Trumark was one of the first companies to produce slingshots with modern tooling,
and on an industrial scale. It story starts in the 50ies, when inventor Howard Ellenburgh
created the "Howard's Wrist Locker Slingshot". It was the first slingshot that had a wristbrace and was powered by
surgical tubing that was simply pushed over the fork tips, forming the type of attachment that we call "Chinese handcuff".
Almost all modern slilngshots copy this arrangement, as it so suitable for mass production.
Mr. Ellenburg first sold the catapult as "Howard's Wrist Locker Slngshot". Later on, he into an exclusive distributorship agreement with Saunders, and the slingshot was sold as "Saunders Wrist Rocket". In 1971, Saunders and Trumark split up, and they became seperate slingshot manufacturers whose models still set the bench mark for all the others.
An excellent feature on some of the modern Turmark slingshots is their rotating fork ends that greatly enhance band life and offer the shooter a sight that, depending on his shooting style, can be helpful in aiming. It is also worth to be noted that Trumarks red RR-t bands are considered to be the best performing tubular bands on the market.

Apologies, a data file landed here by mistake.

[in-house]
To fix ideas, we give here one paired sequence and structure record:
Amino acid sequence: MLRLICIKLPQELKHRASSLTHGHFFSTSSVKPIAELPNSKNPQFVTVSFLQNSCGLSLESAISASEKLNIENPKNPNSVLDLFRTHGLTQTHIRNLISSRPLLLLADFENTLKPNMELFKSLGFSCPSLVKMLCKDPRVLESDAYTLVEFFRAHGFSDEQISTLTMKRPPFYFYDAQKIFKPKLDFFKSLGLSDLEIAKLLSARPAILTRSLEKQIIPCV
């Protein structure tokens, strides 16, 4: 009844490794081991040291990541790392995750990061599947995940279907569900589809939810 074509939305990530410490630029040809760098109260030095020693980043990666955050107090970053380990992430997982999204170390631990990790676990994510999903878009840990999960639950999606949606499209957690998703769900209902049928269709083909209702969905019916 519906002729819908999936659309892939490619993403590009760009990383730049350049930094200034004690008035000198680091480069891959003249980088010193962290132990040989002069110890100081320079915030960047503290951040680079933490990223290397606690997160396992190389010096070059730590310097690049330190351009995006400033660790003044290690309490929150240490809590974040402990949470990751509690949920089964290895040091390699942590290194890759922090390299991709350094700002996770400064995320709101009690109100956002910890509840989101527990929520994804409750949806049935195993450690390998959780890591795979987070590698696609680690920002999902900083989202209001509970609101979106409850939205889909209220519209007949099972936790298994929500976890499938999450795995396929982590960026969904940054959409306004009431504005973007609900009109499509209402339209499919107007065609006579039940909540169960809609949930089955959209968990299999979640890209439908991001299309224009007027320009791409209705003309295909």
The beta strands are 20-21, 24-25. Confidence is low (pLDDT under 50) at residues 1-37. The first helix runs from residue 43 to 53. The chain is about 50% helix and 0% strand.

The Wr-1 is pretty much the classic "Wrist Locker Slingshot", with very few modifications. A single piece of aluminium rod forms fork, handle and wristbrace. The slingshot is meant to be shot with a relaxed half-open hand, as it automatically seats itself on hand and wrist.
The S9 series is a simple, classic slingshot. It holds ammunition in its handle and is sold with two different types of bands. The S9FO has the rotating fork ends with sights.
The BAT is an all-plastic slingshot with a single stabilizer which extends forward. The fork ends rotate and are equipped with sights. The handle holds ammunition, and there is a clamp at the bottom that accomodates a Mini-Maglite for further stabilisation and night shooting.
The "Fs" series slingshots are comprised of an aluminum fork that is directly bent on a one piece ABS handle - thus forming a solid slingshot without rivets or screws. The hollow handle has a trap door for ammunition, and a heavy, effective stabilizer can be attached to the bottom. The straight wrist brace folds parallel to the fork, which makes the slingshot easy to carry. The FSX-2000 is a common sight on slingshot tournaments.